A prenuptial agreement helps protect your future. It helps to address a potential divorce in advance, with a focus on the way that your life may change moving forward.
To see how this works, just look at one of the more common reasons why you don't need to use a prenup: If you don't think you'll gain much that you want to protect.
"Before you are married, the two of you may think that you never want to buy real property, build retirement accounts, or have plans to create any other investments that you might want to protect," one expert said in Business Insider. "Additionally, you may know that neither of you will desire to change employment, incomes, or even intend to have children or pets. If there is nothing to protect, then you do not need a prenup."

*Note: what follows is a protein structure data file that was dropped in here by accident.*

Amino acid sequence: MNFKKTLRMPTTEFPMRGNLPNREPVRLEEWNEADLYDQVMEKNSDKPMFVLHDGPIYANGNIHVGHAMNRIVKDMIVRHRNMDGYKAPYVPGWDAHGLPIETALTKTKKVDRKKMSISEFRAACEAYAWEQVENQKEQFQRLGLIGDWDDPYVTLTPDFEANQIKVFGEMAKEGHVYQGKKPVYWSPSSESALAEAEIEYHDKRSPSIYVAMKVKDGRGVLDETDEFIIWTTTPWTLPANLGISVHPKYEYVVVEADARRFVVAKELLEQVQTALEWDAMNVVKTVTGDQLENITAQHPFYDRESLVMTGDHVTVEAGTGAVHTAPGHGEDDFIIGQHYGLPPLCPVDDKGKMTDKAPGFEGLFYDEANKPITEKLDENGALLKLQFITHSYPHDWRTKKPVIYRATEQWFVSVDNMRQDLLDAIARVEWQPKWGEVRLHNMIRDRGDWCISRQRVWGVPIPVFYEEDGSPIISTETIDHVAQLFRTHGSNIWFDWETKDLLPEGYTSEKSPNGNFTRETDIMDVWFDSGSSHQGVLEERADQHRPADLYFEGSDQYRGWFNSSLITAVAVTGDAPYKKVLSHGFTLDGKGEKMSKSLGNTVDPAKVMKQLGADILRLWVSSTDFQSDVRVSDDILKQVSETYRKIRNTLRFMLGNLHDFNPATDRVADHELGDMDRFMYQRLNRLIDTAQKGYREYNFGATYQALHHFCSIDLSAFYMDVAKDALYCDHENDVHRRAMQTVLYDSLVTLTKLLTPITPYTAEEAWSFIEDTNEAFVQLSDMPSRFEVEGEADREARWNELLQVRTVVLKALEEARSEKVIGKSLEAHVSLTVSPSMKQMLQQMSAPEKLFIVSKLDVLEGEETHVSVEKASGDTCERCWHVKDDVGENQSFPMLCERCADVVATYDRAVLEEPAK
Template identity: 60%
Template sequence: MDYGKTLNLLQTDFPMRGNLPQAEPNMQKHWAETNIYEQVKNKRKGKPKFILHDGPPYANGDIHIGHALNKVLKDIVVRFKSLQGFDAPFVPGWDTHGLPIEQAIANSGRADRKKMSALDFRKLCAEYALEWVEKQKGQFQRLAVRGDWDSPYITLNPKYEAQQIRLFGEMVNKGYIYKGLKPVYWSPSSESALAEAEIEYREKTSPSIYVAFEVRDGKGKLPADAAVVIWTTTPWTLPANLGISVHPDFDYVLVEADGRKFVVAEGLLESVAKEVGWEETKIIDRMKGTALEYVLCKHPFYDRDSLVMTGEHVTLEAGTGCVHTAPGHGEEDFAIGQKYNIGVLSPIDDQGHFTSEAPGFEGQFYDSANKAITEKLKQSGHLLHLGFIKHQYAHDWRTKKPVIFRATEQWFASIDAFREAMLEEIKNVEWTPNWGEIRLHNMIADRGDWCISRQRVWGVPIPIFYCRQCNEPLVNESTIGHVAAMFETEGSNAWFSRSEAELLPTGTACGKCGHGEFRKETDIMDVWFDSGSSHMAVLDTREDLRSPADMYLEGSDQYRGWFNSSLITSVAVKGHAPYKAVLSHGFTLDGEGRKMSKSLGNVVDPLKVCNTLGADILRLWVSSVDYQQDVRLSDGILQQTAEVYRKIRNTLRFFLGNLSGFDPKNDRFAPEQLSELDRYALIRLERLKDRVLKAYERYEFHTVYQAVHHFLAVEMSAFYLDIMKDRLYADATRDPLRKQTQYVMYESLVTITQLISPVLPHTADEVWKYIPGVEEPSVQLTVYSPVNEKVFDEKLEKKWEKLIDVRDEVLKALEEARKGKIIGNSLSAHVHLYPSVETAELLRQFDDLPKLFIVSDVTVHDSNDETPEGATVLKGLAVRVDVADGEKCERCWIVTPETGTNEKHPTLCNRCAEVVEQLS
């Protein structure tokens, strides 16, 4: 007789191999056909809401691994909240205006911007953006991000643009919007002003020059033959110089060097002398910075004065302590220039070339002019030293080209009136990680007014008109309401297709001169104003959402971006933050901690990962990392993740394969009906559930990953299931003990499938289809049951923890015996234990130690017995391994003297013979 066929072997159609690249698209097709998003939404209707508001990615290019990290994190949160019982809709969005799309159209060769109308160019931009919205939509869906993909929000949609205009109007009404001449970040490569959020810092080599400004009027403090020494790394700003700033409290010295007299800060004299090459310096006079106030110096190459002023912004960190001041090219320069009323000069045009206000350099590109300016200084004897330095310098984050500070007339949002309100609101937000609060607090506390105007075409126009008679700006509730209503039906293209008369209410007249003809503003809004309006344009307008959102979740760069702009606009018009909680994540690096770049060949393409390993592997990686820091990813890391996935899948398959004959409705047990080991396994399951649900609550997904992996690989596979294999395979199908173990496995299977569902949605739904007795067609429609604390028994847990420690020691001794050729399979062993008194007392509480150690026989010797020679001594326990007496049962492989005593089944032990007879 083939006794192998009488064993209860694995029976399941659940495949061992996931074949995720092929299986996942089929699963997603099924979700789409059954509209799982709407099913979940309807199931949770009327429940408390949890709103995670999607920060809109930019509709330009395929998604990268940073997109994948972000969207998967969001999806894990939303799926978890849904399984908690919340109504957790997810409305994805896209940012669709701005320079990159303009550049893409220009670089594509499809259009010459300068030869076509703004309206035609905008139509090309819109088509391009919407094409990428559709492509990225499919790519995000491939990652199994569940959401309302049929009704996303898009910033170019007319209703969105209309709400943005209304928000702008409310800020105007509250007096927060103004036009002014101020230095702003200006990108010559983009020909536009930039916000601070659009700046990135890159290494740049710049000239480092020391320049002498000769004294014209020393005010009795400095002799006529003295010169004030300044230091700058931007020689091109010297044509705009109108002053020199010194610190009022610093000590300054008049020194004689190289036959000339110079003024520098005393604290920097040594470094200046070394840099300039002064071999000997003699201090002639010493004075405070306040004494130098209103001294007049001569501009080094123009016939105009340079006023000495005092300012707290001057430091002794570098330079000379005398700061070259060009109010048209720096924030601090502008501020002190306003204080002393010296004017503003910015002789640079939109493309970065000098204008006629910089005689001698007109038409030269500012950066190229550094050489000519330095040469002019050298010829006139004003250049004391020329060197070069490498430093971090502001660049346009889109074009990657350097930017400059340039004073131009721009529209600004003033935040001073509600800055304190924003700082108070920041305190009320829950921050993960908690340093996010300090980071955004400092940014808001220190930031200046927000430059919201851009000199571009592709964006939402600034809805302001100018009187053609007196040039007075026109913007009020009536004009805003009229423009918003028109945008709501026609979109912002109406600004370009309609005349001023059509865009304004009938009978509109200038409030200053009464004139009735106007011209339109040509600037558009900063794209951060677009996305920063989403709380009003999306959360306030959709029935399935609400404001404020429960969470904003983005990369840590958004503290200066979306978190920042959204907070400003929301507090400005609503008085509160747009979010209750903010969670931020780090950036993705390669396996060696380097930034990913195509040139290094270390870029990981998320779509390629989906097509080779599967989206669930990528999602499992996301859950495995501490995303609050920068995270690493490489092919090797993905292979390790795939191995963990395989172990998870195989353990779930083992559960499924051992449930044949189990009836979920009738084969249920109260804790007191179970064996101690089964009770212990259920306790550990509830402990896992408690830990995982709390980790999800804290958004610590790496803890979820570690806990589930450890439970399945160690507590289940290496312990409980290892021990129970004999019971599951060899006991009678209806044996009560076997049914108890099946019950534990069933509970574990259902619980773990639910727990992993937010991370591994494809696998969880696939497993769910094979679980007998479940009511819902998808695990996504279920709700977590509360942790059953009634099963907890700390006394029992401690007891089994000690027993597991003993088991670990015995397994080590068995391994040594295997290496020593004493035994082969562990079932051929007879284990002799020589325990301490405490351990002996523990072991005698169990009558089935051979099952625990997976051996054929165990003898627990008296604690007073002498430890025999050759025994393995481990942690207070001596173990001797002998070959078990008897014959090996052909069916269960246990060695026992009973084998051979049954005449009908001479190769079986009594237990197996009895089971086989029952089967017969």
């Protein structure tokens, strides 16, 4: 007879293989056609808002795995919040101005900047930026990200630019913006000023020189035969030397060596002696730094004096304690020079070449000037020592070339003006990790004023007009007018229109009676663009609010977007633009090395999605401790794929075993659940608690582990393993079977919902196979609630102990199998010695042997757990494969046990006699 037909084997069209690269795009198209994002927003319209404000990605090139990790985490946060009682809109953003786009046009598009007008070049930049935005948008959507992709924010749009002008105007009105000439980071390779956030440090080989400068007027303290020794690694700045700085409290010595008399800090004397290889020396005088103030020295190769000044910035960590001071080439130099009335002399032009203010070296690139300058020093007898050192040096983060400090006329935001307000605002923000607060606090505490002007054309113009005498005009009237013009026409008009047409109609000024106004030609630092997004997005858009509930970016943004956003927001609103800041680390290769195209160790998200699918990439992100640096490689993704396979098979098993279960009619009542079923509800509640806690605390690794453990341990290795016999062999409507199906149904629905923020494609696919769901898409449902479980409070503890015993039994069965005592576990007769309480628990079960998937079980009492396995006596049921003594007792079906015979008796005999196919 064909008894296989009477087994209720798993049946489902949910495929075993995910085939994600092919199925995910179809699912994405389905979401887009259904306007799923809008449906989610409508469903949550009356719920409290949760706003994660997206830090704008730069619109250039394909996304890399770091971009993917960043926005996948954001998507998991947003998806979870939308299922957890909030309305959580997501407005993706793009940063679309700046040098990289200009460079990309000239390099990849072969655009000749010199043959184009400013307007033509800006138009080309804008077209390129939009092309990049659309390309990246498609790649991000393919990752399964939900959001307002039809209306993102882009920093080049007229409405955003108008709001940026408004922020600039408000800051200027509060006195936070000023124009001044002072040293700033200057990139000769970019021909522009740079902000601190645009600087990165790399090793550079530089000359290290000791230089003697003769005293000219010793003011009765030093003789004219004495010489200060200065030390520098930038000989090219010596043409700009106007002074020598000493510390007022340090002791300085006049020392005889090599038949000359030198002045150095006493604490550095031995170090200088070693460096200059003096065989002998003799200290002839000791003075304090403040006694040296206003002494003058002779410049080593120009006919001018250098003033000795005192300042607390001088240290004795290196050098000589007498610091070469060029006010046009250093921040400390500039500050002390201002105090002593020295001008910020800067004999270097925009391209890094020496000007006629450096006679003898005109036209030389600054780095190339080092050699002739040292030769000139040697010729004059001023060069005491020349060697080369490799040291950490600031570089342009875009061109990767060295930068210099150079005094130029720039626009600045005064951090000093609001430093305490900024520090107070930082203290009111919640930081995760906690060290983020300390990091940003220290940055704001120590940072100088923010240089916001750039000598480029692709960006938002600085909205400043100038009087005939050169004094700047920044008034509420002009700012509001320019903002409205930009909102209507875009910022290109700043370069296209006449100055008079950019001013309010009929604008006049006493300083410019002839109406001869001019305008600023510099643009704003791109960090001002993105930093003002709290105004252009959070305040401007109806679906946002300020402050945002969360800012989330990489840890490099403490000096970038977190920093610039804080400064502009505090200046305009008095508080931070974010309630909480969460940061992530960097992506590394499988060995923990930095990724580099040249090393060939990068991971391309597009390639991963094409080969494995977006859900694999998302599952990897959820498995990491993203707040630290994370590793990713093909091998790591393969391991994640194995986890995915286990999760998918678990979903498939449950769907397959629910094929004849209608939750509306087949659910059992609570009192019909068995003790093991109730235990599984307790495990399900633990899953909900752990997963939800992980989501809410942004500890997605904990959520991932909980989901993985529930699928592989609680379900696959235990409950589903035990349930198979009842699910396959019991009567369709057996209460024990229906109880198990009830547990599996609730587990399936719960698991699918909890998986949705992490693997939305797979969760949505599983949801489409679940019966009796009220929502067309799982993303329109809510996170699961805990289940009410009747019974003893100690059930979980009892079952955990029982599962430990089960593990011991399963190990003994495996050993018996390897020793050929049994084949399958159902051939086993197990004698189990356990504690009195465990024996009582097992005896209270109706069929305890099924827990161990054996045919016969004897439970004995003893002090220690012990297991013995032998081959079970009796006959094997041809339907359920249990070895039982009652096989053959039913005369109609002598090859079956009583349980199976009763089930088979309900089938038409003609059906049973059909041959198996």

All you have to do is flip the script to see how helpful a prenup can be. Most couples do intend to buy pets, save for retirement and have children. Many understand that their employment may change in the future, whether they want it to or not, and that can lead to some serious changes in income.
These are just natural steps in the traditional American life. While you can always find outliers, these are things that most couples will do after they tie the knot. That's when a prenup can really add some security.
If you do want to draft a prenup, it is important to know exactly how to go about it. You need to make sure that it will hold up in court.